Both Draghi hallmarks — radical herbs and flavorful sauce — were evident in a daily special of sea bass with basil-geranium sauce ($29). The chunk of fish was marooned on an anchovy toast in a bowl of a minty-lemony sauce, evidently infused with scented geraniums, a difficult perfume to use in the kitchen. A slice of perfect eggplant — really a better foil for the exotic sauce than even the fish — perfected the dish. By contrast, a special of soft-shell crabs ($32) was not special. Crabs haven’t much flavor when molting, so one must do something more even after frying them. Draghi elected to use a variety of roasted hot peppers, and they were terrific but overwhelmed the seafood. The dish was further weakened by oily sautéed greens.
I thought a lot more of the sautéed arugula and fried potatoes served with costoletta di vitello (veal chop) alla milanese ($39). I also liked the saffron-tomato sauce. But there wasn’t enough of it to get through the dried-out fried veal chop. Pansotti ($18) make for an ideal vegetarian entrée, perhaps the best solution yet to the problem of what on the vegetarian plate replaces the big piece of meat. Pansotti are giant ravioli, three triangles presented as many contemporary restaurants present a piece of fish, as though each pansotto were a vertical entrée.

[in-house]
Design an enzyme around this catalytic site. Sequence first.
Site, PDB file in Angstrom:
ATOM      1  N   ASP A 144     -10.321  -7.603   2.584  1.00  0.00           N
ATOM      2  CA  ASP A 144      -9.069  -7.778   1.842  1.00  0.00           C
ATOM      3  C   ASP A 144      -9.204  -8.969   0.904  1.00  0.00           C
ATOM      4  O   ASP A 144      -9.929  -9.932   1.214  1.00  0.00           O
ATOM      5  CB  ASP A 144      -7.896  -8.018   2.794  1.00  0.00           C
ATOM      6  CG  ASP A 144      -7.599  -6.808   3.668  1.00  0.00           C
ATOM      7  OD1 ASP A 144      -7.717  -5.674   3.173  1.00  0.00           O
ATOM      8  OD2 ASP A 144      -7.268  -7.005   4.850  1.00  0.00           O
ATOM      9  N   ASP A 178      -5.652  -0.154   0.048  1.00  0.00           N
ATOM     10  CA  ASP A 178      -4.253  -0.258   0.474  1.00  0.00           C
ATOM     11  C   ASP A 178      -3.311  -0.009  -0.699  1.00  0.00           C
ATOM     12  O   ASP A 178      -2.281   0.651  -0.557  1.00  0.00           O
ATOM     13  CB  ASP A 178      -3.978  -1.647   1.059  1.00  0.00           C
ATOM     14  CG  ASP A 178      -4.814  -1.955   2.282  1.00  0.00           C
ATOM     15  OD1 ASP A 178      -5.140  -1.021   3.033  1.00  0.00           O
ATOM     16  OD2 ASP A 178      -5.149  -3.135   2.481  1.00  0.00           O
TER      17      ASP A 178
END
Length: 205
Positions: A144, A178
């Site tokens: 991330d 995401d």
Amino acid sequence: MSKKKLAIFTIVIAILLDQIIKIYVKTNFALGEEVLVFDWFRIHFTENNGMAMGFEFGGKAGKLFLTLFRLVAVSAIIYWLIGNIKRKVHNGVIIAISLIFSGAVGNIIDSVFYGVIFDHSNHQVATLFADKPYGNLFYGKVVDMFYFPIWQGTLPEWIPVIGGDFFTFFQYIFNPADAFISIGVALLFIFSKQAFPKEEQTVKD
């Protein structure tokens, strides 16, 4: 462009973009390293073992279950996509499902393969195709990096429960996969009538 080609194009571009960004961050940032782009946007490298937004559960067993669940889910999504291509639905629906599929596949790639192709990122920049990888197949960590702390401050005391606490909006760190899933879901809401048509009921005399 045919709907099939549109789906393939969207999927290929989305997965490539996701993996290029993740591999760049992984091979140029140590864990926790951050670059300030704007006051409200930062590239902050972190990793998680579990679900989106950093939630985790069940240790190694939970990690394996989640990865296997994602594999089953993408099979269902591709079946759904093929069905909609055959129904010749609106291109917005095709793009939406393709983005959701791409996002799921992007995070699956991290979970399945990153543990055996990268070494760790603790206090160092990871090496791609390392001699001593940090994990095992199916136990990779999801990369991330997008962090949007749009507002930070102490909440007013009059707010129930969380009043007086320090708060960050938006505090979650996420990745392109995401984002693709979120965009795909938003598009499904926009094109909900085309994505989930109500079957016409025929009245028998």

Of the side dishes, the choice might be the ratatouille ($8), rather dry-looking cubes of vegetables in an herbal sauce. White asparagus ($12) is perfectly good, but expensive. Braised endives ($7) were rich but dull, despite a spike of purple basil on top.